Asymptomatic carriers can transmit the disease. Additionally, sexual transmission has become an important route for the spread of shigellosis, the World Health Organization has said.
What are the symptoms of a Shigella infection?
Symptoms of a shigella infection include watery or loose stools. The incubation period is 12 to 96 hours after exposure. Symptoms usually begin one to two days after infection and can last up to seven days.
In some cases, symptoms can be more severe and include fever, stomach pain and cramps, and mucus-filled or bloody stools. Other reported symptoms include nausea, vomiting, loss of appetite, headache and malaise.
“If you have bloody diarrhea more than three times a day and you can’t hold anything back, now is a good time to start thinking about going to the ER,” Patel says.
In some cases, bowel habits (the frequency and consistency of stools) do not return to normal for several months, the CDC explains.
Who is at risk for Shigella infection?
Anyone can get sick from Shigella bacteria.
Children are more likely to get shigellosis because they often get infected when they put their hands carrying small amounts of bacteria in their mouths. Day care centers and schools frequently experience outbreaks. Children and teachers should wash their hands frequently to reduce the spread of disease.
The CDC says the data suggests that the strains of Shigella circulating so far in children are almost all susceptible to antibiotics.
Public health agencies say other high-risk groups for shigellosis include men who have sex with men, international travelers who drink contaminated water, and people with weakened immune systems.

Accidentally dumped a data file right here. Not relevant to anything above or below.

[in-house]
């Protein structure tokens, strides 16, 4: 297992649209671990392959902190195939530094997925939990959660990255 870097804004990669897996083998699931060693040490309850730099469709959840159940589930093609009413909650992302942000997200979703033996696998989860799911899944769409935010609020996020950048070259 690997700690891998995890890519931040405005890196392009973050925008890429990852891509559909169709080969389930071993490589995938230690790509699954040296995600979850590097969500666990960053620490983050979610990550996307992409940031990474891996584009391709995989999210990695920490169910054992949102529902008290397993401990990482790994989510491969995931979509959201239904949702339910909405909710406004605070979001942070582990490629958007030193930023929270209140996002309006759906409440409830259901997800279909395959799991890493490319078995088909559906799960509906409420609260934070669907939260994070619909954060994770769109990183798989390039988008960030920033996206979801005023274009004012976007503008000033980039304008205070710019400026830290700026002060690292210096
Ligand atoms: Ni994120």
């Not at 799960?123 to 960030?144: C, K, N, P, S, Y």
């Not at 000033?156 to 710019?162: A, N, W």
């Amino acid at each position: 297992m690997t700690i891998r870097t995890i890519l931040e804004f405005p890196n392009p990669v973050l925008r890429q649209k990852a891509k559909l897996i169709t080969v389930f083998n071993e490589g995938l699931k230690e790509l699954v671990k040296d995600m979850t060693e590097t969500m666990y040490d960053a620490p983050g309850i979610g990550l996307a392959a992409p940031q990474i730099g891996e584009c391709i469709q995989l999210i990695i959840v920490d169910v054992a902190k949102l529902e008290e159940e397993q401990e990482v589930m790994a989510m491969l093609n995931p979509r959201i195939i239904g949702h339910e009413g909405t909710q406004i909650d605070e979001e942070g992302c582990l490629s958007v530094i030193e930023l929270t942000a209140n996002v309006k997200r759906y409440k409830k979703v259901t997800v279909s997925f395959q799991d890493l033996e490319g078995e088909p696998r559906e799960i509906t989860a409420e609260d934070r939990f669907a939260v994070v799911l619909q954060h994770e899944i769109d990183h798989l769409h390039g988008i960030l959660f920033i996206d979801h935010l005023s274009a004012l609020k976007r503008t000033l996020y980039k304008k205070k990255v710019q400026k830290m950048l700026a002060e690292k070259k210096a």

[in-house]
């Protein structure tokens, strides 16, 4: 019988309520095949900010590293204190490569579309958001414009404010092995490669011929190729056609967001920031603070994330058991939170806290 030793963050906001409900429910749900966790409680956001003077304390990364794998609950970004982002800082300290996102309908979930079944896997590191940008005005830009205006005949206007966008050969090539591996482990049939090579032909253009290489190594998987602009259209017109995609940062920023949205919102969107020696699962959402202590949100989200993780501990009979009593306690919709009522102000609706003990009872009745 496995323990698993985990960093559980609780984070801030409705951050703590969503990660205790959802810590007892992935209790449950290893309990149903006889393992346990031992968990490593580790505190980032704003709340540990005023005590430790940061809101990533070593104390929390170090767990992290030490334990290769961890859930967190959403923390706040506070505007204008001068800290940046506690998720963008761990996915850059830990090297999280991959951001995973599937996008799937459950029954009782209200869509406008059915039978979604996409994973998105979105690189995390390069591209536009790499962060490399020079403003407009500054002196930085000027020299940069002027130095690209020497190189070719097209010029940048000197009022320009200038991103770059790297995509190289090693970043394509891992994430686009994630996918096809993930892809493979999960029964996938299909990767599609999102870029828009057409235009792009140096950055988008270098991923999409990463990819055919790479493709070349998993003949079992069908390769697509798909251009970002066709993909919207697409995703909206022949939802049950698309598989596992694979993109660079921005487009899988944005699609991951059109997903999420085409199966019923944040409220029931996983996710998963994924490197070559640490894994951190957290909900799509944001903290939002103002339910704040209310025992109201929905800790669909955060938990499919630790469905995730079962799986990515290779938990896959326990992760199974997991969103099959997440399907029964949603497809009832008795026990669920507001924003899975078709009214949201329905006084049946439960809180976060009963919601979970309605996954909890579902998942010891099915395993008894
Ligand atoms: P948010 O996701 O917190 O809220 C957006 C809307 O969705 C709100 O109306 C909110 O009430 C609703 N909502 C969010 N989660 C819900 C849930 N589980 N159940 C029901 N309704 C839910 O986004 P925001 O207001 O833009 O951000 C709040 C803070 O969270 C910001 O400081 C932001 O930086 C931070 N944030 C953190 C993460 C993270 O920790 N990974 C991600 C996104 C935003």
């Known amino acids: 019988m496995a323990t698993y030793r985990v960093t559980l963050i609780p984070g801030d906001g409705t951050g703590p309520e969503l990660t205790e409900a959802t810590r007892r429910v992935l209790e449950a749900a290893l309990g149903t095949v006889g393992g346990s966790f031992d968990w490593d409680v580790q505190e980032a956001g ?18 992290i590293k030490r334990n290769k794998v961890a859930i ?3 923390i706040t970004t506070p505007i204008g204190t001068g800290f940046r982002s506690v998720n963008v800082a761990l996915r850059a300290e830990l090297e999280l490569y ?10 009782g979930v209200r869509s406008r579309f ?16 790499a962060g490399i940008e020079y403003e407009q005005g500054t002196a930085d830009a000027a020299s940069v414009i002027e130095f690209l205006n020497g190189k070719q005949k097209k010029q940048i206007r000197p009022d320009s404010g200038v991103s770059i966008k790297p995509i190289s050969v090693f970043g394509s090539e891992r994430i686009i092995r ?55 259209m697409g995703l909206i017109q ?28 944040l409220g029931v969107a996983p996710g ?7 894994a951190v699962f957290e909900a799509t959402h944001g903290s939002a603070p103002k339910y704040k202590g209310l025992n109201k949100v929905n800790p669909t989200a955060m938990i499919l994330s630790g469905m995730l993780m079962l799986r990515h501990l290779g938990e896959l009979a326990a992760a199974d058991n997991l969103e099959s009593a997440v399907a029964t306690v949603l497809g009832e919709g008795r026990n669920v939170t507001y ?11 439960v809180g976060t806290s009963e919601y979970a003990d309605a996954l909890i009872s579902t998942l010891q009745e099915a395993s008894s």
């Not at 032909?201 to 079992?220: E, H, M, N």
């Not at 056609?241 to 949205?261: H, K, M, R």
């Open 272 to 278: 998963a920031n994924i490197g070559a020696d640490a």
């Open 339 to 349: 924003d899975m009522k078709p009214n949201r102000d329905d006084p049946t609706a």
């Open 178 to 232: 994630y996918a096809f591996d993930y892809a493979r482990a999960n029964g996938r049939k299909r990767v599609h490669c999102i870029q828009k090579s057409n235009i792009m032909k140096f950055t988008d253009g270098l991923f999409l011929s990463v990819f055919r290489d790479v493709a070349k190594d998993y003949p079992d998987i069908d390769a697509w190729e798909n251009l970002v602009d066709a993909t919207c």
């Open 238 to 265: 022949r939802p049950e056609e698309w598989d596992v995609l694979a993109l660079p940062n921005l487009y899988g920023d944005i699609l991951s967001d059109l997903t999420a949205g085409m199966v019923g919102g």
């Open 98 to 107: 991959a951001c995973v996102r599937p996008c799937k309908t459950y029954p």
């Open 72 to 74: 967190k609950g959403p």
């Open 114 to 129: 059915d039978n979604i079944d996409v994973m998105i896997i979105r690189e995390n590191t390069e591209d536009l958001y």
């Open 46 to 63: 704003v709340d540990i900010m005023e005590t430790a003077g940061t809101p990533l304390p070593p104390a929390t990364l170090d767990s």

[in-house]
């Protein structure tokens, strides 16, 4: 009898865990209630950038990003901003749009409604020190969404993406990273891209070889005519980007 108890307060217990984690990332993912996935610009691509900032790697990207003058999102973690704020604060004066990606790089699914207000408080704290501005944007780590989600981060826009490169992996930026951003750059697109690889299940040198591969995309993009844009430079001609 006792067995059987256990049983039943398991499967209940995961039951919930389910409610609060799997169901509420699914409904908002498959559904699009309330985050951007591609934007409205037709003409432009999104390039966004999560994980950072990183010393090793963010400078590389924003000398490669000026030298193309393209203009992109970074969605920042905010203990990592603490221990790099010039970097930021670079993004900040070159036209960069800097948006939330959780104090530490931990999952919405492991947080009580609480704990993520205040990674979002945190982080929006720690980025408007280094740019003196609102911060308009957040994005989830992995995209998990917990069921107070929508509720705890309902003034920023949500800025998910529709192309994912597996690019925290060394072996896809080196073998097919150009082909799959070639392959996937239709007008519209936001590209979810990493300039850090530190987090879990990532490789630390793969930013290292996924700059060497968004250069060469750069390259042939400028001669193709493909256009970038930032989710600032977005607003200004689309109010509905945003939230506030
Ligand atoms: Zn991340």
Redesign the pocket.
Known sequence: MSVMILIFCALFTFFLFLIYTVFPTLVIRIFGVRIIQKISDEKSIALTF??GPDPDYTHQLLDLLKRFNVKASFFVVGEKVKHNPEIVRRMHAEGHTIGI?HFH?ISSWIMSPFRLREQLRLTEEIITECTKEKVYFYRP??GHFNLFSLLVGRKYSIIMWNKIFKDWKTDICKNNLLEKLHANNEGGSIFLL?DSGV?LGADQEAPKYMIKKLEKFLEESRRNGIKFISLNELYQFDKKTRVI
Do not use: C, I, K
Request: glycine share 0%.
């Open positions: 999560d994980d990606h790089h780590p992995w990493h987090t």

Most drug resistance outbreaks have been reported in adults who are international travelers, men who have sex with men (MSM), people living with HIV, or homeless, the CDC said.
“The highest proportion of XDR cases are in adult males (85%). These trends are also consistent with recent increases in outbreaks of antimicrobial resistant shigellosis among MSM,” CDC’s Dr. Naeemah Logan said in a statement. communicated.
Is there a treatment or cure?
Most people recover from a Shigella infection without going to the hospital or taking antibiotics. The most common recommendation is bed rest and fluids, and patients can recover in 5-7 days.
But sometimes the infection can be serious. Shigella bacteria are one of the leading causes of death from diarrheal disease worldwide.
“Only use antibiotics if your doctor has prescribed them, and try to be aware of antimicrobial resistance and what we can do as citizens to ensure we save antibiotics for our children,” says Patel.
Lab tests can determine if a Shigella infection involves “extremely drug resistant” bacteria. XDR Shigella has shown resistance to all generally recommended first-line antibiotic treatments: azithromycin, ciprofloxacin, ceftriaxone, trimethoprim-sulfamethoxazole and ampicillin.
For patients with drug-resistant infections who need to be treated with antibiotics, doctors must search for a handful of options that are largely untested or generally unavailable. In a recent webinar, the CDC highlighted the drugs fosfomycin and meropenem as potential options that have been used overseas, but acknowledged that there was far from enough evidence for “official recommendations.” of the agency.
–Reporting provided by Alexander Tin